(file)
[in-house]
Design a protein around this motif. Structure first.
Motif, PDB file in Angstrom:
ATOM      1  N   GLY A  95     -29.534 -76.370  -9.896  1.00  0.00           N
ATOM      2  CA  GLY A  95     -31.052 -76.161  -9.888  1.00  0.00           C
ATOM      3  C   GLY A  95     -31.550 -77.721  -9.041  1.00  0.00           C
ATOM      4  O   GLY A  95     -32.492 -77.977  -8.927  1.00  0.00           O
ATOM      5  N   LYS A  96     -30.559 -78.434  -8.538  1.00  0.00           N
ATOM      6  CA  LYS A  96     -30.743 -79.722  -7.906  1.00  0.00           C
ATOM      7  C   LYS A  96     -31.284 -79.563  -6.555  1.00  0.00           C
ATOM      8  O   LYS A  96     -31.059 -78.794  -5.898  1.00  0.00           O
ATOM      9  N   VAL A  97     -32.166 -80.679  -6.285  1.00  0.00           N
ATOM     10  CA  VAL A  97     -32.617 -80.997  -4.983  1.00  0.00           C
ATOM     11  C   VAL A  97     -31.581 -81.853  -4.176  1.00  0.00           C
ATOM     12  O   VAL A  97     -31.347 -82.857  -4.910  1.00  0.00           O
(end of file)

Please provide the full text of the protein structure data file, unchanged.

[in-house]
Design a protein around this motif. Structure first.
Motif, PDB file in Angstrom:
ATOM      1  N   GLY A  95     -29.534 -76.370  -9.896  1.00  0.00           N
ATOM      2  CA  GLY A  95     -31.052 -76.161  -9.888  1.00  0.00           C
ATOM      3  C   GLY A  95     -31.550 -77.721  -9.041  1.00  0.00           C
ATOM      4  O   GLY A  95     -32.492 -77.977  -8.927  1.00  0.00           O
ATOM      5  N   LYS A  96     -30.559 -78.434  -8.538  1.00  0.00           N
ATOM      6  CA  LYS A  96     -30.743 -79.722  -7.906  1.00  0.00           C
ATOM      7  C   LYS A  96     -31.284 -79.563  -6.555  1.00  0.00           C
ATOM      8  O   LYS A  96     -31.059 -78.794  -5.898  1.00  0.00           O
ATOM      9  N   VAL A  97     -32.166 -80.679  -6.285  1.00  0.00           N
ATOM     10  CA  VAL A  97     -32.617 -80.997  -4.983  1.00  0.00           C
ATOM     11  C   VAL A  97     -31.581 -81.853  -4.176  1.00  0.00           C
ATOM     12  O   VAL A  97     -31.347 -82.857  -4.910  1.00  0.00           O